My own search demanded I test-drive quite a few products before finding one that worked best for my office-based practice. AmazingCharts fit my documentation habits – giving me a choice of data entry including the ability to use voice recognition, type free text, select from drug and ICD-9 databases, and incorporate templates. It also allows me to generate robust consultative reports, and save on transcription costs. And best of all: It lets me finish on time.


When “In Practice” previously addressed the general issue of electronic records in May 2002 and in May 2003, both excessive costs and the need for “Open Source” systems were cited as impediments to universal acceptance and adoption of EHR by neurologists in private practice. Earlier this year, Medicare announced that it would distribute, free to physicians, the Open Source Vista-Office EHR,, in a simplified form suited to the needs of small office practices. They estimated that the cost to install and set up Vista for a five-physician practice would be approximately 15 percent of that of commercial EHR software. The first (evaluation) version was released on September 19; it remains to be seen whether Vista will save the day for the specialized needs of small neurology practices.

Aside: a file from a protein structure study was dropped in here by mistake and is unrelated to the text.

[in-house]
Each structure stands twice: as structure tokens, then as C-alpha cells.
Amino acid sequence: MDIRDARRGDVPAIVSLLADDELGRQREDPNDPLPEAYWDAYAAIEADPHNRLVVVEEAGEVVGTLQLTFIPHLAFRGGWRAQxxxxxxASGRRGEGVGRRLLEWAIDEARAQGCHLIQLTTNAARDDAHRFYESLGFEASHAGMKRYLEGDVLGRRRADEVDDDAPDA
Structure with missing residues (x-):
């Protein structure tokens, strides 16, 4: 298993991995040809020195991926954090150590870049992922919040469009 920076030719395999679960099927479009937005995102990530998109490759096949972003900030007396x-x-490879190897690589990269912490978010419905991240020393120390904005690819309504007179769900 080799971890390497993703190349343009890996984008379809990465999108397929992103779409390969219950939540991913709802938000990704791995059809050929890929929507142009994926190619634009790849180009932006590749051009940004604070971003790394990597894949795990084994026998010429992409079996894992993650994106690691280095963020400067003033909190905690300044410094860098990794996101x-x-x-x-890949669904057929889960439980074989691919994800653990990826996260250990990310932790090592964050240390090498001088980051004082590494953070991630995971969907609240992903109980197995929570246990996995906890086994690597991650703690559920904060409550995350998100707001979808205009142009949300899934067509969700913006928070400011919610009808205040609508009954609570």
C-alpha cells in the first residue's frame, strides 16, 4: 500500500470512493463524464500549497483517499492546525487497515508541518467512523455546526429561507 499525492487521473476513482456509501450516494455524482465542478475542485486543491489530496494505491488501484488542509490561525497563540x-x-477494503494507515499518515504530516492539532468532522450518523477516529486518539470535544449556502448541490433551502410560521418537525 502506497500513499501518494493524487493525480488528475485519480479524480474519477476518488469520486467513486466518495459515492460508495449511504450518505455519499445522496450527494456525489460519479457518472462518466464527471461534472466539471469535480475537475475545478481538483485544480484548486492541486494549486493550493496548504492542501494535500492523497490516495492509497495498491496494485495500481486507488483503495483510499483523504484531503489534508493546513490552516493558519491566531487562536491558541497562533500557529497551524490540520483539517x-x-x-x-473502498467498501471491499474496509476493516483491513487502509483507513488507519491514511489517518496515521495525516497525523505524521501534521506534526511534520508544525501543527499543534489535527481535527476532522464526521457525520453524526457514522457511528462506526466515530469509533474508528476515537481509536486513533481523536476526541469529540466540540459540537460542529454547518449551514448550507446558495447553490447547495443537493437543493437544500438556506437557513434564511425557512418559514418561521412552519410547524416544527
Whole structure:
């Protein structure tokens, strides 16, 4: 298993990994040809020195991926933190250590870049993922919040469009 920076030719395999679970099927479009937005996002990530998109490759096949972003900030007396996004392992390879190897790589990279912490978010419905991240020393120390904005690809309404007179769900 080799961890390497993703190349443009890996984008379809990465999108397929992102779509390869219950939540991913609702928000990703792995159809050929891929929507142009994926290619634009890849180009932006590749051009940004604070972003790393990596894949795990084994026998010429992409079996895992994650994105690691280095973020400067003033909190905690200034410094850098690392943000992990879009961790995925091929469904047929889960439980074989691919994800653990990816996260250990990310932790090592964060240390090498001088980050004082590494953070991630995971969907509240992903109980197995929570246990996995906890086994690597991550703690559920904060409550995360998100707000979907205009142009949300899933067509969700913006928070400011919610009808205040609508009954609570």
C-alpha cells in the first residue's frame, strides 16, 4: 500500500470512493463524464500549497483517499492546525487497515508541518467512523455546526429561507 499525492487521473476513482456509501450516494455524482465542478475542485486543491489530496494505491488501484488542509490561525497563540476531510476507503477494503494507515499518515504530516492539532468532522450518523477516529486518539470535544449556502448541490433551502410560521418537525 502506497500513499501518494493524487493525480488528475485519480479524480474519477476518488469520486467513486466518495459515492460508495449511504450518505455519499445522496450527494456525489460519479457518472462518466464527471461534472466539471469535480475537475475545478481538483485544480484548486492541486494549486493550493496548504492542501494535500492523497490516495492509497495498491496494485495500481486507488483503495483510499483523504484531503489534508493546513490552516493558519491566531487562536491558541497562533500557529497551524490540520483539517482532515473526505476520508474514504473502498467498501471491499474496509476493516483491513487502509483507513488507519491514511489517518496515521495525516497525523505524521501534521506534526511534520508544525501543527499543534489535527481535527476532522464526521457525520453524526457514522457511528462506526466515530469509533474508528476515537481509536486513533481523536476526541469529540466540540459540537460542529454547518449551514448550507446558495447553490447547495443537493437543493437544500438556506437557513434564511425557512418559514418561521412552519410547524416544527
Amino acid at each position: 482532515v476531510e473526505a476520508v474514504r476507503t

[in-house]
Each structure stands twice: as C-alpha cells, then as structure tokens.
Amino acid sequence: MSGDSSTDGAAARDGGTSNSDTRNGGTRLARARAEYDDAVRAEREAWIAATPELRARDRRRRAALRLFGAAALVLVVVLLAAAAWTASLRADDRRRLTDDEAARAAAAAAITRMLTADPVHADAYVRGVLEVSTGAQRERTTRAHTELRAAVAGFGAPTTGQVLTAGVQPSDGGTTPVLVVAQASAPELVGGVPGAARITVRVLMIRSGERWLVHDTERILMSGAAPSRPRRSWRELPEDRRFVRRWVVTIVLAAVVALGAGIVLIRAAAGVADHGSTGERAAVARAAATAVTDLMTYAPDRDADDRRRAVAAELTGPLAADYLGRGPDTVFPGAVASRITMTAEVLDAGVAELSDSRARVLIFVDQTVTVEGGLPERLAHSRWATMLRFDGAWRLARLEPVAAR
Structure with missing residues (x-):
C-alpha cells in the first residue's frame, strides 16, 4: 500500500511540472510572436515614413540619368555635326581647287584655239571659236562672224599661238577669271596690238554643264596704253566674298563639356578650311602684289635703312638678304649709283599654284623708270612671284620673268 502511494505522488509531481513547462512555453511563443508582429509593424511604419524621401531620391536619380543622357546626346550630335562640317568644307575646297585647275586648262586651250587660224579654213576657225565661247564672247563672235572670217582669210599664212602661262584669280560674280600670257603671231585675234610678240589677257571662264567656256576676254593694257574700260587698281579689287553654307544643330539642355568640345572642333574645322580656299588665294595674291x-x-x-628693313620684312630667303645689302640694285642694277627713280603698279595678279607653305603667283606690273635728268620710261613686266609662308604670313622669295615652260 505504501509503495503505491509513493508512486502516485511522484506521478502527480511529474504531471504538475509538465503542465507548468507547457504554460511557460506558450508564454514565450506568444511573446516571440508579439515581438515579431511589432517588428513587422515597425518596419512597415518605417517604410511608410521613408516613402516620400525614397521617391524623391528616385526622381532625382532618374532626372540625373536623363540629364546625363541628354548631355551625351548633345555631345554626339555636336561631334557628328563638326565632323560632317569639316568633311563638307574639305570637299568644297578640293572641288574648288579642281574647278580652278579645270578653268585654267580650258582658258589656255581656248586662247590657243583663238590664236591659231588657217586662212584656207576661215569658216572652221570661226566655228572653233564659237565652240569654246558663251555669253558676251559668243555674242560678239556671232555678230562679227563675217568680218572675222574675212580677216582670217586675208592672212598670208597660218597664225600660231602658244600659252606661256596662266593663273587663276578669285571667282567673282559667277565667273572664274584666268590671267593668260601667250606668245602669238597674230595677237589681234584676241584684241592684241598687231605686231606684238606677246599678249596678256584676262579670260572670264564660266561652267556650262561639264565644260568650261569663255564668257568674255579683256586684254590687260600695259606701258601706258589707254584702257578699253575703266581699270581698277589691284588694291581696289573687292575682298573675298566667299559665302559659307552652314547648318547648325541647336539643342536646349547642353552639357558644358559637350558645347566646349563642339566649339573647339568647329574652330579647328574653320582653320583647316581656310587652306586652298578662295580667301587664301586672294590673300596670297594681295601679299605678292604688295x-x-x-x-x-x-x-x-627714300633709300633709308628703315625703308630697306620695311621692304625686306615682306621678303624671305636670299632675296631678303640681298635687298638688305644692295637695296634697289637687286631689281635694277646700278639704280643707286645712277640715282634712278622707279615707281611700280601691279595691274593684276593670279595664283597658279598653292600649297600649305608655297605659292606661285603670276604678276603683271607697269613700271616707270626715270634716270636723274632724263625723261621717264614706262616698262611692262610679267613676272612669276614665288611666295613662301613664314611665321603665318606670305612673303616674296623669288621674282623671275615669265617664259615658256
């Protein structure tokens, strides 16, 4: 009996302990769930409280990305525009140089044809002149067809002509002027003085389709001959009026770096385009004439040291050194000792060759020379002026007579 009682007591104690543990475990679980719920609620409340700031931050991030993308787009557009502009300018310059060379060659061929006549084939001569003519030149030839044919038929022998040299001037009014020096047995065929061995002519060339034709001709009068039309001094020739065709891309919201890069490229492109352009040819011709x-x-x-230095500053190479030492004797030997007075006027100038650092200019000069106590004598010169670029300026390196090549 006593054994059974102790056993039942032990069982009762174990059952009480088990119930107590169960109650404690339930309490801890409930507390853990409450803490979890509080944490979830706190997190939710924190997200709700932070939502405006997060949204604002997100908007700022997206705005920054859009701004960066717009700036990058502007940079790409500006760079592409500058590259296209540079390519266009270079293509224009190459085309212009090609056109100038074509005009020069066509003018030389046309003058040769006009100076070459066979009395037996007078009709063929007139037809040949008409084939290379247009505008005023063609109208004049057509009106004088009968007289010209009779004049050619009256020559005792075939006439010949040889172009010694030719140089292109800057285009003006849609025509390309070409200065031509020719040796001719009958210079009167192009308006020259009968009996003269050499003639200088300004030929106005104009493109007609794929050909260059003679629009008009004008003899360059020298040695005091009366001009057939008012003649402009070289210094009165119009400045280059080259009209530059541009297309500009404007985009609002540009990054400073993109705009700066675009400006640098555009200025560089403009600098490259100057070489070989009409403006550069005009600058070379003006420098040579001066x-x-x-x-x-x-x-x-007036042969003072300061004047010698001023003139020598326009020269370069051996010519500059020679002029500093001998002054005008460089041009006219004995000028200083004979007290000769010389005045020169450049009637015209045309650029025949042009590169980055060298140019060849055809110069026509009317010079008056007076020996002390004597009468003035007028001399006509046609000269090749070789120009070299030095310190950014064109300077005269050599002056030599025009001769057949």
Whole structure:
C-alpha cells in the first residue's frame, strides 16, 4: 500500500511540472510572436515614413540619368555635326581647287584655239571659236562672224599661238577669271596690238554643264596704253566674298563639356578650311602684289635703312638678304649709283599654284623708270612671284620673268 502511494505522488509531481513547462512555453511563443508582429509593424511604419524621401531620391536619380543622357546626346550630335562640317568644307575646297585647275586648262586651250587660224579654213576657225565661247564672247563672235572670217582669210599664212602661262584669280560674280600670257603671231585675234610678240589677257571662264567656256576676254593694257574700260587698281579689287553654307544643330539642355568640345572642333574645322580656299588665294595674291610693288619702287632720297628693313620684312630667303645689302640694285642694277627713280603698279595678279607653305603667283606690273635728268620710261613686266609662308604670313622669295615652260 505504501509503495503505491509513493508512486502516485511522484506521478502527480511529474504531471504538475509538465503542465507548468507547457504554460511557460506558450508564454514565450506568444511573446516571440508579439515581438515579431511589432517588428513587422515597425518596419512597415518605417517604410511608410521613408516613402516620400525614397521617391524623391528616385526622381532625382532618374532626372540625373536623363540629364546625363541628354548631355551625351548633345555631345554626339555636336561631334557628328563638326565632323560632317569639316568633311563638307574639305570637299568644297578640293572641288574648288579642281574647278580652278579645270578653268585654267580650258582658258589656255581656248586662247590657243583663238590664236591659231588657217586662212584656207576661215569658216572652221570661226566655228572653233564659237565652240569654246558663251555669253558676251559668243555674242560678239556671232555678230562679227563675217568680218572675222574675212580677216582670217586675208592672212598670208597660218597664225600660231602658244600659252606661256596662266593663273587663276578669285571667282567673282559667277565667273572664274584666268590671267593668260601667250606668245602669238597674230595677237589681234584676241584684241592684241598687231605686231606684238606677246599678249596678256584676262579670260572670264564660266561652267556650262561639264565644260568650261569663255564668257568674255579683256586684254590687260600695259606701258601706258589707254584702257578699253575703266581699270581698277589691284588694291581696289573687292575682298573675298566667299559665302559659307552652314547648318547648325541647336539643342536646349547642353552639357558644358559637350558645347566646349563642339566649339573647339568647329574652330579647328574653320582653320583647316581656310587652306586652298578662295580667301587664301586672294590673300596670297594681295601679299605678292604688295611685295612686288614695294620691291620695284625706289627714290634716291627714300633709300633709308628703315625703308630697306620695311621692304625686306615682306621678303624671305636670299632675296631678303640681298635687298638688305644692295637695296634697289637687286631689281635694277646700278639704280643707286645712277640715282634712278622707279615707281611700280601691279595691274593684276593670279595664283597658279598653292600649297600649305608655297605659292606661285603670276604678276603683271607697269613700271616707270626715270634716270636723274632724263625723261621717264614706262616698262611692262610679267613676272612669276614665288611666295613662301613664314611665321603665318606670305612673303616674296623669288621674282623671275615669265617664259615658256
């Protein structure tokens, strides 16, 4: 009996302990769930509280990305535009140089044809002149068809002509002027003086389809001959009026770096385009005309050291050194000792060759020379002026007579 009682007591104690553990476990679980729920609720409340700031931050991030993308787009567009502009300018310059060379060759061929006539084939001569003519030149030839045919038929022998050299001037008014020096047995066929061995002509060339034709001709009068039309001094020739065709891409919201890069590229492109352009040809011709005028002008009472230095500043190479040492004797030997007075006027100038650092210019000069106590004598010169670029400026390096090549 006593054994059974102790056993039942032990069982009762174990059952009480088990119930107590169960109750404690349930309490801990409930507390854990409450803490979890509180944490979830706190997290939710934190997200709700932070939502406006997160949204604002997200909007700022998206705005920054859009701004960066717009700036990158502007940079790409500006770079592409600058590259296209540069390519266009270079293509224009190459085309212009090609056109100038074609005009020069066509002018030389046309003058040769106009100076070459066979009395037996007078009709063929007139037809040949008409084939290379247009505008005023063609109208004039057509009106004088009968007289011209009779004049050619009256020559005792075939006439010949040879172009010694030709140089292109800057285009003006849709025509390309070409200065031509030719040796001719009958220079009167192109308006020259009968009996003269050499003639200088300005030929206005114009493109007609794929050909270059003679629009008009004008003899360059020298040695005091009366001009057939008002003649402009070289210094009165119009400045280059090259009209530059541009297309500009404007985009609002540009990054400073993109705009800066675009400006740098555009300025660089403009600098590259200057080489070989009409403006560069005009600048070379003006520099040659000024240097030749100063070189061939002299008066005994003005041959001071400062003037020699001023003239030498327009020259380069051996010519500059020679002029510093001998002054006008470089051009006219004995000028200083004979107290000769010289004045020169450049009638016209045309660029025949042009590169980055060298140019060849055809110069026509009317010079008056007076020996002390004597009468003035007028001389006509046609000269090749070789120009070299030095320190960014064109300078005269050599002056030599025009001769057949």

There is no one-size-fits-all solution for EHR. The right choice has to factor in practice type and demographics, personal preferences, and workflow. The AAN is offering several courses on electronic health records in 2006: Orly Avitzur, MD, will be speaking on the subject at the AAN Winter Conference Electronic Office program in Las Vegas, NV, on January 14, and during the full-day course, “The Practice of Neurology: Issues in Coding and Reimbursement” at the AAN Annual Meeting on April 1, in San Diego. Michael Lobatz, MD, will direct a luncheon seminar on the subject at the AAN Annual Meeting on April 3.


  • ✓ Many neurologists say that existing electronic health records do not meet their needs, but efforts are under way by the AAN to assess the products best suited for neurology practices.